Tuesday, February 2, 2010
Book review: Hard Times by Charles Dickens
I have discrepancies with this particular edition of the book, which I'll address in a moment. That particular score up there is for the story, and not necessarily this particular edition.
A scathing, humanist criticism of the industrial age in northern England and the mass poverty that consumed it, Hard Time takes an interesting point of view in the debate and doesn't necessarily humanize or vilify either side of the equation. Sure, there are baddies and flat out jerks, but they fall on both sides. Ultimately, we, as the reader, are forced to see the good and the bad in everyone. Because of his life on both sides of the equation, it makes sense that Dickens could have seen the good and bad of both sides. I know it seems like I'm harping on the fact that he captures the ups and downs of both realities so well, but damn, the guy is an acknowledged master for a reason.
As for the story, it's a twisting, roundabout suspense in a way. Sure, there's no nail biting moments, but it will be a quick read for most folks, as the story moves quickly and there's not much time for meditations on particular nuances. Sure, it's Victorian literature, but take away some of the period references and traditional speech and it would be hard to tell.
Truly, as this is the first Dickens novel I've read, I see none of the overt schmaltz and sentimentality that he is so often criticized for in this book. The numerous characters are all very distinct, the development is unarguably well thought out and the story is downright engaging. As this was my first Dickens book, I chose it because it's not one of his more well-known classics (on the level of Great Expectations, Tale of Two Cities or A Christmas Carol — though I certainly would like to get to those now). I figured, if I liked one of his second tier works, I would definitely like his more recognized works. And truly, if Hard Times is considered second tier, I am in for some serious masterpieces.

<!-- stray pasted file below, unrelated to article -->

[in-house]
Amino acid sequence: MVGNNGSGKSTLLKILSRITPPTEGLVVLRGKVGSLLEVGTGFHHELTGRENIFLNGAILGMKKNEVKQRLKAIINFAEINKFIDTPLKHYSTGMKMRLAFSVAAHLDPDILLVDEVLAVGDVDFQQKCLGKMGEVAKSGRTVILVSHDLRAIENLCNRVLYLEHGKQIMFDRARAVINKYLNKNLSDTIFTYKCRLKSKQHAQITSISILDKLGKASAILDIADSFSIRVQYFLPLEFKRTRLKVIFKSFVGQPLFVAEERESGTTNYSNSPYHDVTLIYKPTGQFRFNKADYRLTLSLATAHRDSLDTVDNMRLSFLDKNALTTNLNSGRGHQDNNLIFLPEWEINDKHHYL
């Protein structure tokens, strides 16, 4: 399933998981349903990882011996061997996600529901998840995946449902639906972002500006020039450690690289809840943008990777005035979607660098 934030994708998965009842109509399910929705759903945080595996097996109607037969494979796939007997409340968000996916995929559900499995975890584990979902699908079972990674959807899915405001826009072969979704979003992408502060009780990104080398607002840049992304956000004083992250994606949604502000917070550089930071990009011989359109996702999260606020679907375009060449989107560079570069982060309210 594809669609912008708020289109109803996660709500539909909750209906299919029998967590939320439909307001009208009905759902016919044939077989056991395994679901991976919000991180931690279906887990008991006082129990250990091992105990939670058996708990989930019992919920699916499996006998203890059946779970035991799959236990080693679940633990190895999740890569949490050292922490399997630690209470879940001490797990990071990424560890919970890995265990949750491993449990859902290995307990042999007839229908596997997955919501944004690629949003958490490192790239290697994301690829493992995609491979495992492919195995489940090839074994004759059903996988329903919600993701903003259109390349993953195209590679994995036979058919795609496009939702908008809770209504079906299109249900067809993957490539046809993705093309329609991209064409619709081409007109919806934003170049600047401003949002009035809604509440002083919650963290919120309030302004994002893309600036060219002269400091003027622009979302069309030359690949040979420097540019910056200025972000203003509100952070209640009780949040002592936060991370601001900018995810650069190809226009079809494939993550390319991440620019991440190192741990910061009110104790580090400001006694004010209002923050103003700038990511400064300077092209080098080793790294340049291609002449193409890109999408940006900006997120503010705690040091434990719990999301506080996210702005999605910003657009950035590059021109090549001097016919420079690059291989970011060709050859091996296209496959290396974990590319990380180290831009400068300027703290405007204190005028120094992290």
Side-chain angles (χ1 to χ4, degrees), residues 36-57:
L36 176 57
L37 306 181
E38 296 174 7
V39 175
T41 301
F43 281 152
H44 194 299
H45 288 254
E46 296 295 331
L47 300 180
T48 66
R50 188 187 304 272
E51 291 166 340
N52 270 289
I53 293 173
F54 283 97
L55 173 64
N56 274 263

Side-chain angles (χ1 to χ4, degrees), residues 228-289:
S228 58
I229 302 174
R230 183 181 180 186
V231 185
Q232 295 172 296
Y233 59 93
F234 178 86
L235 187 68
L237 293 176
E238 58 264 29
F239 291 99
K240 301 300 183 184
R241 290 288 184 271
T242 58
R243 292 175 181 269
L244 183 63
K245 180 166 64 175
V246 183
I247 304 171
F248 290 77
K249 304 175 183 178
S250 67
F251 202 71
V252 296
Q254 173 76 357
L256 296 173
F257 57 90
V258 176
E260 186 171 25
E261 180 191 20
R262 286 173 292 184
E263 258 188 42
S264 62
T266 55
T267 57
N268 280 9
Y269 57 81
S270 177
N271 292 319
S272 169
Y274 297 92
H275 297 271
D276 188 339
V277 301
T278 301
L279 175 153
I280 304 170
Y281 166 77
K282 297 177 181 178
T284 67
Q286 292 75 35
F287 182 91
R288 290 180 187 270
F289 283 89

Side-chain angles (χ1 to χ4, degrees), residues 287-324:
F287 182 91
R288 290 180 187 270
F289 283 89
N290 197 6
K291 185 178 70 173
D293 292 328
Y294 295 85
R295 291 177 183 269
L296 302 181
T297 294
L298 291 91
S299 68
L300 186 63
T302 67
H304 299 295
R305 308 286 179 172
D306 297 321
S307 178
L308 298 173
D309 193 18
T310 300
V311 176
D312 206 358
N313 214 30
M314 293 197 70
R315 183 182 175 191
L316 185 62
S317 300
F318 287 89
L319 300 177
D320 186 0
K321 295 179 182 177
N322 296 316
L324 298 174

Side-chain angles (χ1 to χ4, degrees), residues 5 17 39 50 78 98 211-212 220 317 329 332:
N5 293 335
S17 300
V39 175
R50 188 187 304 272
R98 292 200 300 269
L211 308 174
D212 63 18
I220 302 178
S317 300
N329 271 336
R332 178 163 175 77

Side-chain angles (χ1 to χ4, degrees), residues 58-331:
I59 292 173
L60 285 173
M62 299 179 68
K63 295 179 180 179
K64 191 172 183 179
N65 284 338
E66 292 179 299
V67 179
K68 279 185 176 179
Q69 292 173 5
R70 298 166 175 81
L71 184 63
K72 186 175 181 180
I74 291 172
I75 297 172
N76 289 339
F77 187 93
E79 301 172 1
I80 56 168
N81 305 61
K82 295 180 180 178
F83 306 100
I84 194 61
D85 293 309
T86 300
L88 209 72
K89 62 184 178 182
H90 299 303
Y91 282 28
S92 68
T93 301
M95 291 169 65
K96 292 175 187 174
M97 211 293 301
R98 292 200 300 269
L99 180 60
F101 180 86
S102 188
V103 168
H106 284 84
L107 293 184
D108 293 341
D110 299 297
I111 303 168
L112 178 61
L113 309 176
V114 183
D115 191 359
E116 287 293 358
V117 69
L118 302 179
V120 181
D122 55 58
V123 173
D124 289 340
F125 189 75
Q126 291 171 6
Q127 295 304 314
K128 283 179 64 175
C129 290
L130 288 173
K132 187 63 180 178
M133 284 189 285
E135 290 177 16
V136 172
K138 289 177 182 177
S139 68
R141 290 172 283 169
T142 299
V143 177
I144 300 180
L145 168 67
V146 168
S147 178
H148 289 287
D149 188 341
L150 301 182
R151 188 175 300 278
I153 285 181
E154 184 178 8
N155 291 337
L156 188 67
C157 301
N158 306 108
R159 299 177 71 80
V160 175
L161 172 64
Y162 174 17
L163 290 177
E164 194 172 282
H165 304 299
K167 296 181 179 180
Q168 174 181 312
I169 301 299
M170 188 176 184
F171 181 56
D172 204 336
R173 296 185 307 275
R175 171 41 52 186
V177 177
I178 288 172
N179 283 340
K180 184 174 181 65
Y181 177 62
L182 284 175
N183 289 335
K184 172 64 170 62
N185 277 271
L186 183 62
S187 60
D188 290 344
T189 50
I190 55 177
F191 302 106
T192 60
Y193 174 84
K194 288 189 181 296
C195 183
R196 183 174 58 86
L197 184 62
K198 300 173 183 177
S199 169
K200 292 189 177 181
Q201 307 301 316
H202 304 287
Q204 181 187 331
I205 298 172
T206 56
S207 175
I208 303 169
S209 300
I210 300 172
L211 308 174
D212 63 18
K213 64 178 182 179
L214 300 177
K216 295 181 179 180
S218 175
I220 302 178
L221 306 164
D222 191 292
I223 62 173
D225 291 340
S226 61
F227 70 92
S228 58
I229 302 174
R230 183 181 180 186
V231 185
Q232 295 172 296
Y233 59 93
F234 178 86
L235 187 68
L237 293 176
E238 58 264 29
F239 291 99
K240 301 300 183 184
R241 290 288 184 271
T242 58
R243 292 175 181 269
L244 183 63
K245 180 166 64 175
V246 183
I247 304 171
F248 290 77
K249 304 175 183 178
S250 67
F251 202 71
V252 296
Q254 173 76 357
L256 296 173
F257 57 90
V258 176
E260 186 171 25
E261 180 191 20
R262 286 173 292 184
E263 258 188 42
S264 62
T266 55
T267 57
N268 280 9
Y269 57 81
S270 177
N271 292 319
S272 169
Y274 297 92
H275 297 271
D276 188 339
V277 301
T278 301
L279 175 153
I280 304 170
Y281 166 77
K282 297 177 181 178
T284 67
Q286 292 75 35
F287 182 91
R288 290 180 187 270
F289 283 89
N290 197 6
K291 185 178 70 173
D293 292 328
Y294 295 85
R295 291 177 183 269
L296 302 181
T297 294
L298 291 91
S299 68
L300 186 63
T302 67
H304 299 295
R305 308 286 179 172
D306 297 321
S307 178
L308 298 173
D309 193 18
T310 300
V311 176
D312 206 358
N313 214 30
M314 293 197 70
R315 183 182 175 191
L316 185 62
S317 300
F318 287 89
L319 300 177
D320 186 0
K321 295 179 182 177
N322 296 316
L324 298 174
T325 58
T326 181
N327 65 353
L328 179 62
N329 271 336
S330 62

Now, as for this particular Barnes and Noble Classics edition, I must assign a much different rating:
The footnotes and endnotes by Karen Odden are condescending and, in the case of one of the endnotes, spoils a major plot twist roughly one-third of the story before the twist actually happens. I would've been much happier reading through the book without all the completely superfluous extra little bits about allusions to the bible and plot spoilers. As they were brief interruptions, I can overlook them. But if I were ever to reread the book (which is quite likely), I will be skipping all of Ms. Odden's additions.
Overall though, fantastic stuff.